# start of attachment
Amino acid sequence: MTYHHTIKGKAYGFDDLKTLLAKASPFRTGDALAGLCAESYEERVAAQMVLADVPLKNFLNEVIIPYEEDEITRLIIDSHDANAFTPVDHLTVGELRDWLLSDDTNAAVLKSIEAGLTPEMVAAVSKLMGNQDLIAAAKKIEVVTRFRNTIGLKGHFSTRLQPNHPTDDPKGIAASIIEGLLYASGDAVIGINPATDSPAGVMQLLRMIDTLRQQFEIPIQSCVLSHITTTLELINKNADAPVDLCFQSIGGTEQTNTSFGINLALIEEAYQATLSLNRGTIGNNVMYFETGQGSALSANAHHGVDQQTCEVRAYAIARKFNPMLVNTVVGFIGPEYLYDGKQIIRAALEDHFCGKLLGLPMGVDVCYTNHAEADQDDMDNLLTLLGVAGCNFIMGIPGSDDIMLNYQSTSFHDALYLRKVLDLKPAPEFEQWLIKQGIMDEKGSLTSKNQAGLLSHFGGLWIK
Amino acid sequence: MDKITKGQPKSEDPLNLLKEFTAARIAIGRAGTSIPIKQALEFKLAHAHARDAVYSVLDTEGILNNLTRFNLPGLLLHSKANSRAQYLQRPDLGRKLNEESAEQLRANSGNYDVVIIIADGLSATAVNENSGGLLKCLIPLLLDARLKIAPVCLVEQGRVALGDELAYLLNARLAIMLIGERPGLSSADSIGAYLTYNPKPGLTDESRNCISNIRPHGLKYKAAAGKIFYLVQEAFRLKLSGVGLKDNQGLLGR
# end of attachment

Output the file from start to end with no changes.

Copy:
Amino acid sequence: MTYHHTIKGKAYGFDDLKTLLAKASPFRTGDALAGLCAESYEERVAAQMVLADVPLKNFLNEVIIPYEEDEITRLIIDSHDANAFTPVDHLTVGELRDWLLSDDTNAAVLKSIEAGLTPEMVAAVSKLMGNQDLIAAAKKIEVVTRFRNTIGLKGHFSTRLQPNHPTDDPKGIAASIIEGLLYASGDAVIGINPATDSPAGVMQLLRMIDTLRQQFEIPIQSCVLSHITTTLELINKNADAPVDLCFQSIGGTEQTNTSFGINLALIEEAYQATLSLNRGTIGNNVMYFETGQGSALSANAHHGVDQQTCEVRAYAIARKFNPMLVNTVVGFIGPEYLYDGKQIIRAALEDHFCGKLLGLPMGVDVCYTNHAEADQDDMDNLLTLLGVAGCNFIMGIPGSDDIMLNYQSTSFHDALYLRKVLDLKPAPEFEQWLIKQGIMDEKGSLTSKNQAGLLSHFGGLWIK
Amino acid sequence: MDKITKGQPKSEDPLNLLKEFTAARIAIGRAGTSIPIKQALEFKLAHAHARDAVYSVLDTEGILNNLTRFNLPGLLLHSKANSRAQYLQRPDLGRKLNEESAEQLRANSGNYDVVIIIADGLSATAVNENSGGLLKCLIPLLLDARLKIAPVCLVEQGRVALGDELAYLLNARLAIMLIGERPGLSSADSIGAYLTYNPKPGLTDESRNCISNIRPHGLKYKAAAGKIFYLVQEAFRLKLSGVGLKDNQGLLGR